16 Percent of All Abortions Are Now Done Virtually, New Report Finds

Photo Illustration by The Daily Beast / Getty
Photo Illustration by The Daily Beast / Getty

Medication abortions via telehealth now account for up to 16 percent of abortions nationwide, according to a new report published ahead of a Supreme Court decision that could make the procedure much more difficult to access.

Under current FDA policy, doctors can remotely prescribe a two-pill regimen to abortion patients early in their pregnancies and ship the medication by mail. A report out Tuesday from the Society of Family Planning found these prescriptions accounted for 13,770 abortions in September, or 16 percent of the national total.

The report also tabulated 14,110 telehealth abortions in July, the first month the researchers started delineating abortions provided by telehealth, and 14,060 in August. The number of total abortions in that time period ranged from 81,000 to nearly 89,000 per month—fewer than in previous reports, but more than in the time period before the Supreme Court overturned Roe v Wade.

“Telehealth abortion is now a central pillar in the abortion care landscape—and the continued availability of abortion care demands that we must ensure equitable access to this essential health care service,” said Dr. Ushma Upadhyay, a professor at the University of California, San Francisco and co-chair of the study, said in a statement about the results.

The Supreme Court, however, is set to hear arguments March 26 on a case that could severely curtail access to the procedure. The case, brought by the conservative activist group Alliance for Hippocratic Medicine, challenges policy issued by the FDA during the COVID-19 pandemic allowing the first drug in the regimen—mifepristone—to be prescribed remotely and shipped by mail.

The court temporarily blocked a Fifth Circuit Court of Appeals ruling that restricted access to the drug ahead of its ruling. But if it ultimately sides with the Alliance, it could drastically reduce the availability of telehealth abortion, even in states where in-clinic abortions remain legal.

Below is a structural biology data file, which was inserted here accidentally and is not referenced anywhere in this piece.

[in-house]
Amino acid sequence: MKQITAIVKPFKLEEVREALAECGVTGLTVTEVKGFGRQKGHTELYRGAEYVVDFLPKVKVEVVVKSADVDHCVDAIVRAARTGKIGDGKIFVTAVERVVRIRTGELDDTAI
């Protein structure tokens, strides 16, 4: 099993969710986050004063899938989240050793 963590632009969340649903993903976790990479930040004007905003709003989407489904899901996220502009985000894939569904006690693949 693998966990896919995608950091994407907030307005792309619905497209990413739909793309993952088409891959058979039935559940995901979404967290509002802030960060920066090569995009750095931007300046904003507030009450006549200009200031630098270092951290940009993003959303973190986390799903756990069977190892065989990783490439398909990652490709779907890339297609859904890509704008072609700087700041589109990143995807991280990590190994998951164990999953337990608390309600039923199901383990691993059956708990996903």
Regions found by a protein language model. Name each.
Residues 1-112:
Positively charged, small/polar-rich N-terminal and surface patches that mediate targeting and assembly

The U.S. Department of Justice has urged the court to side with the FDA, arguing in a brief that mifepristone is widely proven to be “safe and effective,” and that “the loss of access to mifepristone would be damaging for women and healthcare providers around the nation.”

“For many patients, mifepristone is the best method to lawfully terminate their early pregnancies,” Solicitor General Elizabeth Prelogar wrote. “They may choose mifepristone over surgical abortion because of medical necessity, a desire for privacy, or past trauma.”

The new report is the result of the Society of Family Planning’s #WeCount initiative, which seeks to tabulate the number of abortions provided in the wake of the Dobbs decision overturning Roe. The survey uses data provided directly by abortion providers and state health departments to estimate the number of abortions provided monthly. It now includes data from providers who ship medication from states where the procedure is legal to states where it is not, using so-called “shield laws” that prevent them from being prosecuted in their home states.

Previous reports have found the number of reported abortions actually increased following the overturn of Roe, which researchers attributed to patients continuing to seek abortion in states where the procedure remains legal. The latest report continued to find “massive declines” in the number of abortions in the 14 states that banned the procedure, with compensatory surges in nearby states where it is still permitted.

“#WeCount shows that even when a state bans abortion, people continue to need and seek abortion care,” Alison Norris, #WeCount Co-Chair and professor at The Ohio State University’s College of Public Health, said in a statement.

“We can't let the overall consistent number of abortions nationally obscure the incredible unmet need and disastrous impact of abortion bans on people who already have the least access.”

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